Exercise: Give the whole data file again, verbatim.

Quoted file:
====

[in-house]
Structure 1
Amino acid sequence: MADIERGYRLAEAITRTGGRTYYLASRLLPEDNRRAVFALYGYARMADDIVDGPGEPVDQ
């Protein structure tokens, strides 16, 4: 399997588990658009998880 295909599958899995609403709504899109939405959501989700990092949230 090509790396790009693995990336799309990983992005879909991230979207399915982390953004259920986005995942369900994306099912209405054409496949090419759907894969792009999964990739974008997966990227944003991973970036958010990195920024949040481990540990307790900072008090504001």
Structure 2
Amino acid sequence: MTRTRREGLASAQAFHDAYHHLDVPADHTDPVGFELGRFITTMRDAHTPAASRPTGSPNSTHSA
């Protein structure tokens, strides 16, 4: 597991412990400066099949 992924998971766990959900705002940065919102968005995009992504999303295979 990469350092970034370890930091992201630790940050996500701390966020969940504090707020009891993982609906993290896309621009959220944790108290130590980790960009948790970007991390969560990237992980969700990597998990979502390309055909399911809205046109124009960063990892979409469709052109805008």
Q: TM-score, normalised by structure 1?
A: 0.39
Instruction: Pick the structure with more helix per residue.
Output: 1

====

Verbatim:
[in-house]
Structure 1
Amino acid sequence: MADIERGYRLAEAITRTGGRTYYLASRLLPEDNRRAVFALYGYARMADDIVDGPGEPVDQ
């Protein structure tokens, strides 16, 4: 399997588990658009998880 295909599958899995609403709504899109939405959501989700990092949230 090509790396790009693995990336799309990983992005879909991230979207399915982390953004259920986005995942369900994306099912209405054409496949090419759907894969792009999964990739974008997966990227944003991973970036958010990195920024949040481990540990307790900072008090504001």
Structure 2
Amino acid sequence: MTRTRREGLASAQAFHDAYHHLDVPADHTDPVGFELGRFITTMRDAHTPAASRPTGSPNSTHSA
């Protein structure tokens, strides 16, 4: 597991412990400066099949 992924998971766990959900705002940065919102968005995009992504999303295979 990469350092970034370890930091992201630790940050996500701390966020969940504090707020009891993982609906993290896309621009959220944790108290130590980790960009948790970007991390969560990237992980969700990597998990979502390309055909399911809205046109124009960063990892979409469709052109805008």
Q: TM-score, normalised by structure 1?
A: 0.39
Instruction: Pick the structure with more helix per residue.
Output: 1